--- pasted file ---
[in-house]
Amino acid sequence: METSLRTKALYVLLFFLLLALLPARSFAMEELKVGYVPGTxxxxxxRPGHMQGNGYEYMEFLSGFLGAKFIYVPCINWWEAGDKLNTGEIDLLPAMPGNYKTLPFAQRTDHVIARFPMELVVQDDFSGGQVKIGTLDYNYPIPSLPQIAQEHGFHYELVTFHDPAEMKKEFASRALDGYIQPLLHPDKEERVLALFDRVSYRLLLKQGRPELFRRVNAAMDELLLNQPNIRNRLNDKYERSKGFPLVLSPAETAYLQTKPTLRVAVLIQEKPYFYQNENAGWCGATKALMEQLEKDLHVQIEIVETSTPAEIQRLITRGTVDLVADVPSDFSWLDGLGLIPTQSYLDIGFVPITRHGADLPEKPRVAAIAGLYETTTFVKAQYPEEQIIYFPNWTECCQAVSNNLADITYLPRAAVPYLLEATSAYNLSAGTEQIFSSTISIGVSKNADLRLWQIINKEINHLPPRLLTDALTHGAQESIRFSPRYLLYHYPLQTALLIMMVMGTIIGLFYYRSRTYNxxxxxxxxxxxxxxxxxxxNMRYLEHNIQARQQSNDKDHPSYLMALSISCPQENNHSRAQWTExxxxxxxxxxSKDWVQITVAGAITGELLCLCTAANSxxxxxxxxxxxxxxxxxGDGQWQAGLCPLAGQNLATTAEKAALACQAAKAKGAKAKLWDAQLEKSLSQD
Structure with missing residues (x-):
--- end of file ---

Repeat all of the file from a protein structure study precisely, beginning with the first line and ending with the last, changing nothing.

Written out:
[in-house]
Amino acid sequence: METSLRTKALYVLLFFLLLALLPARSFAMEELKVGYVPGTxxxxxxRPGHMQGNGYEYMEFLSGFLGAKFIYVPCINWWEAGDKLNTGEIDLLPAMPGNYKTLPFAQRTDHVIARFPMELVVQDDFSGGQVKIGTLDYNYPIPSLPQIAQEHGFHYELVTFHDPAEMKKEFASRALDGYIQPLLHPDKEERVLALFDRVSYRLLLKQGRPELFRRVNAAMDELLLNQPNIRNRLNDKYERSKGFPLVLSPAETAYLQTKPTLRVAVLIQEKPYFYQNENAGWCGATKALMEQLEKDLHVQIEIVETSTPAEIQRLITRGTVDLVADVPSDFSWLDGLGLIPTQSYLDIGFVPITRHGADLPEKPRVAAIAGLYETTTFVKAQYPEEQIIYFPNWTECCQAVSNNLADITYLPRAAVPYLLEATSAYNLSAGTEQIFSSTISIGVSKNADLRLWQIINKEINHLPPRLLTDALTHGAQESIRFSPRYLLYHYPLQTALLIMMVMGTIIGLFYYRSRTYNxxxxxxxxxxxxxxxxxxxNMRYLEHNIQARQQSNDKDHPSYLMALSISCPQENNHSRAQWTExxxxxxxxxxSKDWVQITVAGAITGELLCLCTAANSxxxxxxxxxxxxxxxxxGDGQWQAGLCPLAGQNLATTAEKAALACQAAKAKGAKAKLWDAQLEKSLSQD
Structure with missing residues (x-):